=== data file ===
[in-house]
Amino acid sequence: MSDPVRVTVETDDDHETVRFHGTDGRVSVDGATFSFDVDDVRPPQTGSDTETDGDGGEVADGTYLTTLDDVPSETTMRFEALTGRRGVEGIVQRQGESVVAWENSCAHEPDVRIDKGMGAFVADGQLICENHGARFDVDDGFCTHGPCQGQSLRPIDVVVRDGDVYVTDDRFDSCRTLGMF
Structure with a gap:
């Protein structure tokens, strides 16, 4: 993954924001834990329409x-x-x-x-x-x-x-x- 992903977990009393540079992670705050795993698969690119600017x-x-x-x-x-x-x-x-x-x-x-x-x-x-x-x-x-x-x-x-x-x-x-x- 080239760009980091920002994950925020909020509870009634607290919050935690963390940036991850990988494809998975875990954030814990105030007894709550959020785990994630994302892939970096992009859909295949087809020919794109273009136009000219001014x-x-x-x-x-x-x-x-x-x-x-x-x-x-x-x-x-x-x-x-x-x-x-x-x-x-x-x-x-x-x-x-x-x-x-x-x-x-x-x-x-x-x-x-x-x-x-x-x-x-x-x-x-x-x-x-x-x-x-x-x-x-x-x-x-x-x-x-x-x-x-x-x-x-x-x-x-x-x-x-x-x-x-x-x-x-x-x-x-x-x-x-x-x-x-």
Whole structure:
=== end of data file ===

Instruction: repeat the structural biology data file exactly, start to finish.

[in-house]
Amino acid sequence: MSDPVRVTVETDDDHETVRFHGTDGRVSVDGATFSFDVDDVRPPQTGSDTETDGDGGEVADGTYLTTLDDVPSETTMRFEALTGRRGVEGIVQRQGESVVAWENSCAHEPDVRIDKGMGAFVADGQLICENHGARFDVDDGFCTHGPCQGQSLRPIDVVVRDGDVYVTDDRFDSCRTLGMF
Structure with a gap:
């Protein structure tokens, strides 16, 4: 993954924001834990329409x-x-x-x-x-x-x-x- 992903977990009393540079992670705050795993698969690119600017x-x-x-x-x-x-x-x-x-x-x-x-x-x-x-x-x-x-x-x-x-x-x-x- 080239760009980091920002994950925020909020509870009634607290919050935690963390940036991850990988494809998975875990954030814990105030007894709550959020785990994630994302892939970096992009859909295949087809020919794109273009136009000219001014x-x-x-x-x-x-x-x-x-x-x-x-x-x-x-x-x-x-x-x-x-x-x-x-x-x-x-x-x-x-x-x-x-x-x-x-x-x-x-x-x-x-x-x-x-x-x-x-x-x-x-x-x-x-x-x-x-x-x-x-x-x-x-x-x-x-x-x-x-x-x-x-x-x-x-x-x-x-x-x-x-x-x-x-x-x-x-x-x-x-x-x-x-x-x-």
Whole structure: